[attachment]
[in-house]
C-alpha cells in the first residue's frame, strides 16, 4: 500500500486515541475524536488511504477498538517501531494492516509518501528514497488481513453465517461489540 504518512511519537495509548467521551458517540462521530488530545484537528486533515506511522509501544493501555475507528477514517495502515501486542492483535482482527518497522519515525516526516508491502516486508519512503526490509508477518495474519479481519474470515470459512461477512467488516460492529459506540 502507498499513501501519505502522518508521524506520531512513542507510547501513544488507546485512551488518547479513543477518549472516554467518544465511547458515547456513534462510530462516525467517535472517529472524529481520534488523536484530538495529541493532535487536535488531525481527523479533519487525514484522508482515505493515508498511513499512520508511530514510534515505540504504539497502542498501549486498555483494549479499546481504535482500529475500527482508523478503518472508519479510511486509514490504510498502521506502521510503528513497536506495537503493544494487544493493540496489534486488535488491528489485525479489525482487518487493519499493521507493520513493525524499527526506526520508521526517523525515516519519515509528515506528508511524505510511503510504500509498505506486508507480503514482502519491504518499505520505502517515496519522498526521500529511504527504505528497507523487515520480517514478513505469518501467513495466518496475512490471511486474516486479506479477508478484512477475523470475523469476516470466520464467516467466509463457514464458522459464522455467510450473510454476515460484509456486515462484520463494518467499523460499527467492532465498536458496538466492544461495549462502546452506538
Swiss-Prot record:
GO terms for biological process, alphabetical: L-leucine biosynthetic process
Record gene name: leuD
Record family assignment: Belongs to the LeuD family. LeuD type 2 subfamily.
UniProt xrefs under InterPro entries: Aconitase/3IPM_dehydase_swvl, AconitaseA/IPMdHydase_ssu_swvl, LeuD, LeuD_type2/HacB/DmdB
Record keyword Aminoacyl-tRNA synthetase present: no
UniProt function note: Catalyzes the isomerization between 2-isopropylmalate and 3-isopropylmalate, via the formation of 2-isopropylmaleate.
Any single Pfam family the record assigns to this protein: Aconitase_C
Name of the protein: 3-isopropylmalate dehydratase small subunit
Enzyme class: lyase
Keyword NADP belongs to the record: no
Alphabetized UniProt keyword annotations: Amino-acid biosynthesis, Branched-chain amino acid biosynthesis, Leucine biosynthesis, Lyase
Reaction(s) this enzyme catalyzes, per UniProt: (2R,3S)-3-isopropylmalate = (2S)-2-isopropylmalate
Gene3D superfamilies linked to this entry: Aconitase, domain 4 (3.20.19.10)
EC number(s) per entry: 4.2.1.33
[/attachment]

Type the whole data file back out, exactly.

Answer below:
[in-house]
C-alpha cells in the first residue's frame, strides 16, 4: 500500500486515541475524536488511504477498538517501531494492516509518501528514497488481513453465517461489540 504518512511519537495509548467521551458517540462521530488530545484537528486533515506511522509501544493501555475507528477514517495502515501486542492483535482482527518497522519515525516526516508491502516486508519512503526490509508477518495474519479481519474470515470459512461477512467488516460492529459506540 502507498499513501501519505502522518508521524506520531512513542507510547501513544488507546485512551488518547479513543477518549472516554467518544465511547458515547456513534462510530462516525467517535472517529472524529481520534488523536484530538495529541493532535487536535488531525481527523479533519487525514484522508482515505493515508498511513499512520508511530514510534515505540504504539497502542498501549486498555483494549479499546481504535482500529475500527482508523478503518472508519479510511486509514490504510498502521506502521510503528513497536506495537503493544494487544493493540496489534486488535488491528489485525479489525482487518487493519499493521507493520513493525524499527526506526520508521526517523525515516519519515509528515506528508511524505510511503510504500509498505506486508507480503514482502519491504518499505520505502517515496519522498526521500529511504527504505528497507523487515520480517514478513505469518501467513495466518496475512490471511486474516486479506479477508478484512477475523470475523469476516470466520464467516467466509463457514464458522459464522455467510450473510454476515460484509456486515462484520463494518467499523460499527467492532465498536458496538466492544461495549462502546452506538
Swiss-Prot record:
GO terms for biological process, alphabetical: L-leucine biosynthetic process
Record gene name: leuD
Record family assignment: Belongs to the LeuD family. LeuD type 2 subfamily.
UniProt xrefs under InterPro entries: Aconitase/3IPM_dehydase_swvl, AconitaseA/IPMdHydase_ssu_swvl, LeuD, LeuD_type2/HacB/DmdB
Record keyword Aminoacyl-tRNA synthetase present: no
UniProt function note: Catalyzes the isomerization between 2-isopropylmalate and 3-isopropylmalate, via the formation of 2-isopropylmaleate.
Any single Pfam family the record assigns to this protein: Aconitase_C
Name of the protein: 3-isopropylmalate dehydratase small subunit
Enzyme class: lyase
Keyword NADP belongs to the record: no
Alphabetized UniProt keyword annotations: Amino-acid biosynthesis, Branched-chain amino acid biosynthesis, Leucine biosynthesis, Lyase
Reaction(s) this enzyme catalyzes, per UniProt: (2R,3S)-3-isopropylmalate = (2S)-2-isopropylmalate
Gene3D superfamilies linked to this entry: Aconitase, domain 4 (3.20.19.10)
EC number(s) per entry: 4.2.1.33